From what I have read they are not removing the SAR/ISAR modes - just degrading them for a "monkey" version that is useless for littoral/overland applications. Since the limitations are enforced flexibly through software the periscope search feature will be left alone and should work fine.
I don't know, it doesn't appear to have it, but perhaps you know more.
Degrading SAR precision to greater than 3 foot renders it irrelevant for overland targets without severely degrading it for maritime use (ships are much larger than AFV/trucks). Similarly they are removing the Ultra High Resolution (UHR) ISAR modes; presumably some ISAR capability will be retained for manual NCTR. With the full precision modes those radars can tell you which ship got hit where as well as what damaged was caused, all at standoff ranges. IN aircraft won't be capable of that kind of resolutions which is fine I guess.
The P-8I radar still has excellent resolution. What the UHR ISAR modes will provide is more detail about the target, which is very useful for a number of purposes.
US is ensuring through technological means that the P-8I remains a purely naval asset. i.e. No sudden appearance of the P-8I near Punjab border acting as a mini-JSTARS cuing PGMs. Which is fine so far as the IN is concerned. The other CNI "removals" are probably because of the Indian middle finger to CISMOA and again no great loss.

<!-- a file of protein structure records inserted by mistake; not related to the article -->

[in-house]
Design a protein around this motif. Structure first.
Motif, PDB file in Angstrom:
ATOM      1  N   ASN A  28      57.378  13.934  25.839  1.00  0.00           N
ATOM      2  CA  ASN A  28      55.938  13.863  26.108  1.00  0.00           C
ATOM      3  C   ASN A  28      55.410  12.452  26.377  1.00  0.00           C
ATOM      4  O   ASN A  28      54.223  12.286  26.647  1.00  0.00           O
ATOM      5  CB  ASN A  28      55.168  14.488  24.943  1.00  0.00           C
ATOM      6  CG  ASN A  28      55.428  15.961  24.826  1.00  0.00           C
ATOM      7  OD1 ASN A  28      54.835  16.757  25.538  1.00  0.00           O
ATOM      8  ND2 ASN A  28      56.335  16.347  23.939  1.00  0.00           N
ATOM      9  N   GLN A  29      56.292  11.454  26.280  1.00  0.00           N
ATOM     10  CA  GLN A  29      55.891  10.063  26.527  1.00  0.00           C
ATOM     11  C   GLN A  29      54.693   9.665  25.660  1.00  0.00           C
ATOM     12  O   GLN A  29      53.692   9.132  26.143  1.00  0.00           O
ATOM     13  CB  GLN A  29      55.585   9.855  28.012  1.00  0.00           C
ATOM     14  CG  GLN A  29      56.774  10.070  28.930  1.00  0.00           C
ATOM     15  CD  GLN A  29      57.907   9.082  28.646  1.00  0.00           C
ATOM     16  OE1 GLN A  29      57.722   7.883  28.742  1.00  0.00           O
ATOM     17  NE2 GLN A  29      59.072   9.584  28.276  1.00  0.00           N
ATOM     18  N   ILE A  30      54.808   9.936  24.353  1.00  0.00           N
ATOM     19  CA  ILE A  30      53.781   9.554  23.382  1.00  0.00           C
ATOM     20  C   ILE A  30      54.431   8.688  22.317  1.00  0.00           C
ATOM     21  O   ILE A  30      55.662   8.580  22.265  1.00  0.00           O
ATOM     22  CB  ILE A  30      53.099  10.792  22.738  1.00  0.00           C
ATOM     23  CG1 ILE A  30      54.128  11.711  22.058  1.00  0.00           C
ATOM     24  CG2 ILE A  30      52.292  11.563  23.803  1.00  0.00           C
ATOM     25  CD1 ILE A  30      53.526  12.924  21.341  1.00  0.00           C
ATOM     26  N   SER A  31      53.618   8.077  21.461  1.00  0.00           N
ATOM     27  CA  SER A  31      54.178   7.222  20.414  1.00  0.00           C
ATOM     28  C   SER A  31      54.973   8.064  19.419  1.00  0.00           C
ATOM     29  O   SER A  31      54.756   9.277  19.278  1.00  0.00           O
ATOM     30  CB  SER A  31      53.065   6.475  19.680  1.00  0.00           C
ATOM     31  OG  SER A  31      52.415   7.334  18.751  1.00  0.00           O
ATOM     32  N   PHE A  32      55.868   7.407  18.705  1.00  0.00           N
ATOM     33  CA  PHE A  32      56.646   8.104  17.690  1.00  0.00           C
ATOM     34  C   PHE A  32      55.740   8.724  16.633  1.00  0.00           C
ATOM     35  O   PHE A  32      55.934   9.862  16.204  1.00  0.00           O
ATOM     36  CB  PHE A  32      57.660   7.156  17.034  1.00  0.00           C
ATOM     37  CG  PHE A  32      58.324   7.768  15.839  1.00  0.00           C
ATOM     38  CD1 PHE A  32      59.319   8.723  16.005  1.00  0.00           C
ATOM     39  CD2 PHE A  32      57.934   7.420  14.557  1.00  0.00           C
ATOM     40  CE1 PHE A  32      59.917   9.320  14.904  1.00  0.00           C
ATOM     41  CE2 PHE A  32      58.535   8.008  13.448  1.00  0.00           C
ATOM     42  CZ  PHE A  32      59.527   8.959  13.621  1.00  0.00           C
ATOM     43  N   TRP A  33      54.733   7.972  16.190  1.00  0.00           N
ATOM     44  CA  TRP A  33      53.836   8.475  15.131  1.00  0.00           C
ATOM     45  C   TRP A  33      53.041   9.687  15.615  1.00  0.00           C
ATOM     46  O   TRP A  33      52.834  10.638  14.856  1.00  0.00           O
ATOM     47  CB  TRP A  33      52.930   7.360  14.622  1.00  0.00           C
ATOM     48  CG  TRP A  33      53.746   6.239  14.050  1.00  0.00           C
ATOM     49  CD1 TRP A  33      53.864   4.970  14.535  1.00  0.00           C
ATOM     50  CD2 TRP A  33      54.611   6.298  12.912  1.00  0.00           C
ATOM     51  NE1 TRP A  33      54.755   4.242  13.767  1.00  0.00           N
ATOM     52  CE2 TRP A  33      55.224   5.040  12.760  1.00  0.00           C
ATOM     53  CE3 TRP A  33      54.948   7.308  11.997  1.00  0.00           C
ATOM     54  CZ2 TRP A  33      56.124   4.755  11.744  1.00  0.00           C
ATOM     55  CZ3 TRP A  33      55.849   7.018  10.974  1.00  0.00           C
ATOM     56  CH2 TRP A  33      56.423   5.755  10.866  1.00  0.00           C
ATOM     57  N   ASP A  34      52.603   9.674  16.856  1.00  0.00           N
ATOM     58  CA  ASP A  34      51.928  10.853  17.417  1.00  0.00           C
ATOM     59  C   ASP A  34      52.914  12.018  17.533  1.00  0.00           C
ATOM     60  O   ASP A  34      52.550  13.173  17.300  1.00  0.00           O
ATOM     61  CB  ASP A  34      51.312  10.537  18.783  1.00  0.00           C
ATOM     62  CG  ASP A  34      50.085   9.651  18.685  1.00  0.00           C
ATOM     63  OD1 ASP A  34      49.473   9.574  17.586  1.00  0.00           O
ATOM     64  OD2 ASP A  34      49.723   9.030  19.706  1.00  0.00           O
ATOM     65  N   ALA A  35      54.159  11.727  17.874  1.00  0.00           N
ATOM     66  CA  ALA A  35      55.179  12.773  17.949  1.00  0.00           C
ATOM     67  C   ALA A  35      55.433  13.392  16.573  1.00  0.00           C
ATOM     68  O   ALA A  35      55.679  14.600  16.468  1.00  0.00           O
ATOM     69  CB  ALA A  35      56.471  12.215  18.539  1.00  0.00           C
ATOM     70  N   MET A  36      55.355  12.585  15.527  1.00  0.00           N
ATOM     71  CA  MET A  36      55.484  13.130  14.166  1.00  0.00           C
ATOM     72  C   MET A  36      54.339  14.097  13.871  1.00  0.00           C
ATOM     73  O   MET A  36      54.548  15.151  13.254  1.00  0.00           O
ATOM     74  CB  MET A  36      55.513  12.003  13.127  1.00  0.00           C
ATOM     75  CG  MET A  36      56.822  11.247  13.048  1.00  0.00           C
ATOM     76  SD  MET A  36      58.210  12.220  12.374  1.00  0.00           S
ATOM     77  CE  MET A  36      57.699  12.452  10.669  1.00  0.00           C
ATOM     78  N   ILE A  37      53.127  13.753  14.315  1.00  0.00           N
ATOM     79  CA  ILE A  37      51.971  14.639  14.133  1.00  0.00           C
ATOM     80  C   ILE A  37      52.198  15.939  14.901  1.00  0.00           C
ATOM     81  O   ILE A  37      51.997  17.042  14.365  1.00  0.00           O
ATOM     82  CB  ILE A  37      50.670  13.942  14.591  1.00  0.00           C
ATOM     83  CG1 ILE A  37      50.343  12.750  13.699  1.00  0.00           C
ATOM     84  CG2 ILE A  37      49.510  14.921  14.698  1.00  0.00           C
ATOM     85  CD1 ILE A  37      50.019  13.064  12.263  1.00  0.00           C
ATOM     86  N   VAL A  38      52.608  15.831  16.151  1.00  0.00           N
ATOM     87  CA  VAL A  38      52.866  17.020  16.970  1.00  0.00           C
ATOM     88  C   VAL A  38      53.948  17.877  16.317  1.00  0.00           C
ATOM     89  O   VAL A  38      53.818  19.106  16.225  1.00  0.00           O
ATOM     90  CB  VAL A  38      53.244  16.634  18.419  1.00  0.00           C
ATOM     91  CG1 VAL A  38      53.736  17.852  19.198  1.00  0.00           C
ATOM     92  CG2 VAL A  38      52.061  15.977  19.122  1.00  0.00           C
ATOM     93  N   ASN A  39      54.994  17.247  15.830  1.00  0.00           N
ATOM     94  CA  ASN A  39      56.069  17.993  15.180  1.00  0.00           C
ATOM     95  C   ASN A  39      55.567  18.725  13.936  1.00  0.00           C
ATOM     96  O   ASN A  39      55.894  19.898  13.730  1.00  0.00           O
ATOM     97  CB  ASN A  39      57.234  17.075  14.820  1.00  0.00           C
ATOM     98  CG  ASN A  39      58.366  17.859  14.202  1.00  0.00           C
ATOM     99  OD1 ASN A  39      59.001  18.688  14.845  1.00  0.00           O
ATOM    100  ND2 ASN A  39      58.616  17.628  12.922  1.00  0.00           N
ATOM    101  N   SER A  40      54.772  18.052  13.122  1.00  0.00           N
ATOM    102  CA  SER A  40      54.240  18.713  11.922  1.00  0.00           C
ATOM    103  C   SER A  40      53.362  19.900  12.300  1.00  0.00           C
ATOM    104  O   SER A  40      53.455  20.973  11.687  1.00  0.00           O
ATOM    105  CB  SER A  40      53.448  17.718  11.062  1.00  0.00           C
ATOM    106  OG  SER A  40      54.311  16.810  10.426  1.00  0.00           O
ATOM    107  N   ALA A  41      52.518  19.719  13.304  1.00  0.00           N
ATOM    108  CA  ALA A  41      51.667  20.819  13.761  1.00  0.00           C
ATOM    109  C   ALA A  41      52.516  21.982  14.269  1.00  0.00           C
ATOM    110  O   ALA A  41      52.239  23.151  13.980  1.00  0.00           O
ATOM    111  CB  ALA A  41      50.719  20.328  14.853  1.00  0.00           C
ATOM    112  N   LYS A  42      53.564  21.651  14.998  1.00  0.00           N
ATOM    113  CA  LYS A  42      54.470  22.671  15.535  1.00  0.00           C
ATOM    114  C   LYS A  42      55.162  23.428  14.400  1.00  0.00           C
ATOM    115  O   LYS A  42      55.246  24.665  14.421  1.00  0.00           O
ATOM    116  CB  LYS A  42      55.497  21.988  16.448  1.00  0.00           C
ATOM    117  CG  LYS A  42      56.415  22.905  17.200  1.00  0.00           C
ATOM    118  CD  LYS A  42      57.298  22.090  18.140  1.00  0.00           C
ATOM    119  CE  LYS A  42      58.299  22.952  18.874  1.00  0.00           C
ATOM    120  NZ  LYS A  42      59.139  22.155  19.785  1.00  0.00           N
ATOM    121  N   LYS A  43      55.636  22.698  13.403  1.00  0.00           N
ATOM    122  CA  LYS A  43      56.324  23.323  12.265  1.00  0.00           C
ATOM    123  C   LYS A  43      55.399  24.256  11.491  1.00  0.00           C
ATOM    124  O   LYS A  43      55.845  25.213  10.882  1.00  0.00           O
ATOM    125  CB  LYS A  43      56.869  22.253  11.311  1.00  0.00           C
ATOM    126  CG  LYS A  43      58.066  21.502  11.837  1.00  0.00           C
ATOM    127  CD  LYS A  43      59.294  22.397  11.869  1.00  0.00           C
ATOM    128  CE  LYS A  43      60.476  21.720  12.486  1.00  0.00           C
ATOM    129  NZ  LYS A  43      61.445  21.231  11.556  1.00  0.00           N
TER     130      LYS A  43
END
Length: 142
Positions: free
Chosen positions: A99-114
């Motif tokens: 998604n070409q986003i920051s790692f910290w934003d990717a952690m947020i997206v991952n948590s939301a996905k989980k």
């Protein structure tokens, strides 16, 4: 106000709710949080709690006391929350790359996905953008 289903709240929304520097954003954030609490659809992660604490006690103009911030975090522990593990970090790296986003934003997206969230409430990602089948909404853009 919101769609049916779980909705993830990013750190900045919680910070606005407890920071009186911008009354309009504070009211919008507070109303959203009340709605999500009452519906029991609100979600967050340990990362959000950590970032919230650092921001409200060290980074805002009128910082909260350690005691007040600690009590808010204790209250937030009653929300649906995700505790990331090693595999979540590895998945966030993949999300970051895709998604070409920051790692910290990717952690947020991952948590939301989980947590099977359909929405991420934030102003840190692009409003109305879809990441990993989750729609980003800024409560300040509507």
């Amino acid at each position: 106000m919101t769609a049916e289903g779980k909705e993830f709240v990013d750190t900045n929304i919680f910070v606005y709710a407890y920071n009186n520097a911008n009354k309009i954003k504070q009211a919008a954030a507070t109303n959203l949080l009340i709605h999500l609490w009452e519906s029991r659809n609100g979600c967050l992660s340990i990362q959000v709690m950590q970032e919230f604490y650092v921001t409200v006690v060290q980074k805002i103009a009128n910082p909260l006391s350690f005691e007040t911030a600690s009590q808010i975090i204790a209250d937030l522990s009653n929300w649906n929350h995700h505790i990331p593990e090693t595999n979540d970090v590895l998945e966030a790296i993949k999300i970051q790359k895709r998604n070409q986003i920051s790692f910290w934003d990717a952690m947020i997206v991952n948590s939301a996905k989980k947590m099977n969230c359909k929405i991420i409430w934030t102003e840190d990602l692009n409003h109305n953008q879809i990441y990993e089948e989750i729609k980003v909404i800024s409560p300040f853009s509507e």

To do this, you would need to have very good ground clutter maps in order to distinguish targets from terrain features. It would also involve extensively modifying the scan strategy for ground clutter. Even if the P-8I had the resolution, getting the clutter maps made for this radar is a task, which I don't think are available for test or deployment yet even for the USAF. Otherwise we would have had some news from the US about the P-8S variant in testing.
My view is that the P-8I is not significantly shortchanged in its advertised role for the IN - LRMP/ASW.
Air to air mode is intriguing. Useful to have no doubt but I am having a hard time coming up with use cases where paying extra for it is worth it for an LRMP aircraft. Periodic air scan for self defense when in the suspected vicinity of enemy carrier based aviation? Search for UAV? ASW Helo?
Perhaps to provide surveillance over the seas to protect assets like "Bombay High" about 160 Km from the coast which provides 12-14% of India's oil.
I could see it being useful for providing AWACs type capability over the ocean and the Phalcon for use over land. We don't know Phalcon's capability in maritime conditions.
The cost is would be software development to optimize the scan strategy and clutter maps for A-to-A mode and extensive system integration testing. Its a one time cost that can be applied to the entire fleet that can also be applied to future aircraft. Once its developed for the IN, then its available to other Raytheon customers, but now the IN has a working relationship with Raytheon and IMHO that is also quite valuable.